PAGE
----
Some Pass Christian students are ready to do their part to help protect a prominent bayou in Harrison and Hancock Counties. On Friday, the Rotten Bayou Watershed Partnership kicked-off an educational program at Delisle Elementary. The team is teaching an environmental lesson with help from a large mouth bass.
Bobby Bass loves to splash around with his puppet friends in River Town. But when a large manufacturing plant comes to town, huge amounts of soil, litter and pollutants threaten to destroy their river and the town's water supply.
Fourth and fifth graders at Delisle Elementary School learned how that same scenario could also happen to a bayou that's right in their own backyard.
"The Rotten Bayou's water has exceeded pollution limits. That means that things we have been doing everyday like throwing things on the ground and dumping things into the water is polluting Rotten Bayou," said Mississippi Department of Environmental Quality Representative Cherie Schadler.
Through a grant by MDEQ, the Land Trust for the Mississippi Coastal Plain and the MSU Gulf Coast Community Design Studio started the outreach program. The lesson targets children who live in the Rotten Bayou Watershed, which are neighborhoods where water drains and flows into the bayou.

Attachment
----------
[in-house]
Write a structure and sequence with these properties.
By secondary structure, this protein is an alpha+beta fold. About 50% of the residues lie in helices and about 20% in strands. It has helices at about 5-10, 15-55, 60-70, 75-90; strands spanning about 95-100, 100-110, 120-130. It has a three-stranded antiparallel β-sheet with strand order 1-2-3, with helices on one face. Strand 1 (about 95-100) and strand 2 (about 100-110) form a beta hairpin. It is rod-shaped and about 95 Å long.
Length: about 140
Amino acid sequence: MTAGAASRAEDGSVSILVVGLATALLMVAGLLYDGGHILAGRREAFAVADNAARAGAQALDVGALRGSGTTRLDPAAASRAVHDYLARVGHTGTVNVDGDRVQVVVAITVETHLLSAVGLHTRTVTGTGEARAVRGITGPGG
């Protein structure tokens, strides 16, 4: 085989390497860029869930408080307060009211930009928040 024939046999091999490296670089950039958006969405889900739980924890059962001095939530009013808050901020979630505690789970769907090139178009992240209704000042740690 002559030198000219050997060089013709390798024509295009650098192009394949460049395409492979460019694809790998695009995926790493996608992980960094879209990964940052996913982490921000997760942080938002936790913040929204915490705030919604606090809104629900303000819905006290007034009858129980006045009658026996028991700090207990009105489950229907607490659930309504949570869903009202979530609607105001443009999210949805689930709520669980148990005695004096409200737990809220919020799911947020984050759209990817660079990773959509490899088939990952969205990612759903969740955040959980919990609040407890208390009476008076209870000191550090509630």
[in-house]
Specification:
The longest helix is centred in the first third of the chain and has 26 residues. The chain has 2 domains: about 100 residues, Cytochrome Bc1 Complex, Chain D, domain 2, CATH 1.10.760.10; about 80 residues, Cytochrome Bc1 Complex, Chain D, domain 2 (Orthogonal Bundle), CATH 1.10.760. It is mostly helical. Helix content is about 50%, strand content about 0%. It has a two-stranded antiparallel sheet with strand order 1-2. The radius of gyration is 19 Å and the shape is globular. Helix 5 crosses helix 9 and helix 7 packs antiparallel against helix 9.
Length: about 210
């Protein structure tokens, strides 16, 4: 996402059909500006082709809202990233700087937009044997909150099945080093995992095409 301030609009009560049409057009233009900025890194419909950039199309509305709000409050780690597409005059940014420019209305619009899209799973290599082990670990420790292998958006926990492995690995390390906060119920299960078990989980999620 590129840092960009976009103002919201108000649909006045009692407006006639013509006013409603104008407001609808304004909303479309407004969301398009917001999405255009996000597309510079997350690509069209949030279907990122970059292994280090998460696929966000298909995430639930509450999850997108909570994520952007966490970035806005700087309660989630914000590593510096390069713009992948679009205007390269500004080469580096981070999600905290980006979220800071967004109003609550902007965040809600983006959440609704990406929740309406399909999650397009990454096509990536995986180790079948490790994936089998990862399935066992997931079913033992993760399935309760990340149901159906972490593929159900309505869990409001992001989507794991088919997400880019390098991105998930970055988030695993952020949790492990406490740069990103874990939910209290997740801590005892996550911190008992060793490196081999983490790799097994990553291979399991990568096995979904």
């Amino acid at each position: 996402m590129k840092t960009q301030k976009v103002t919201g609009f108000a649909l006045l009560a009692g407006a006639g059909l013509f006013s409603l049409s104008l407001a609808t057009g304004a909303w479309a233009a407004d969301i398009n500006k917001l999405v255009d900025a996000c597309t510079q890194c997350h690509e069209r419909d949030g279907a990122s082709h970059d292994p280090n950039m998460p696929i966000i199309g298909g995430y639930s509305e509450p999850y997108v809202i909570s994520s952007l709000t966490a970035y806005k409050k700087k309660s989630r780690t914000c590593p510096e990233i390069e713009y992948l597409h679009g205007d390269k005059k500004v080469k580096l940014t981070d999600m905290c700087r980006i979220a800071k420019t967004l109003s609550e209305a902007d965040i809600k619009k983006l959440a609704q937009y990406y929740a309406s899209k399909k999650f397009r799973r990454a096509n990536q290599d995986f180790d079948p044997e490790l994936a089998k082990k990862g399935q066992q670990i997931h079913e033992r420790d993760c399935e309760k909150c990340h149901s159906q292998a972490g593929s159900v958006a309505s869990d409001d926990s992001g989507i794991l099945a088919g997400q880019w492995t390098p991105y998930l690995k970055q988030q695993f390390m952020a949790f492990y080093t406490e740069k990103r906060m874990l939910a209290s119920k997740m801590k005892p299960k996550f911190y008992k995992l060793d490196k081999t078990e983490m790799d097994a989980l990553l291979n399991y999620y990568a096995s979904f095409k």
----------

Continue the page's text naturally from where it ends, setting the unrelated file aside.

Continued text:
"We're wanting the children, and their future generations, to understand that clean water and quantity of water are two activities that we need to protect," said Land Trust Executive Director Judy Steckler. "Rotten Bayou at this time is labeled an impaired waterway, which means it's clear for swimming, but it still has turbidity and pollutants in the water."
"I didn't realize that when we go fishing, all that ink and clothes and all that actually gets in our water," said fifth grader Courtney Estay.
"I think it's cool how they're teaching us how to stop doing that, and they're bringing it to our school, because not many people know this and I'm just figuring out for myself right now," said fifth grader Ayden Ladner.
What they learn at this age could have a huge impact on the future of Rotten Bayou.
"You could hurt so many animals by throwing something out of your window and you can hurt yourself by doing that. If you went fishing, if you eat the fish that ate that stuff, you can hurt by that," said Ayden.
"I think it's kind of awesome that they're trying to teach us with a puppet show instead of just telling us, because telling us gets a little bit boring," said Courtney.
This summer, the partnership will put on performances at libraries in Pass Christian and Hancock County.
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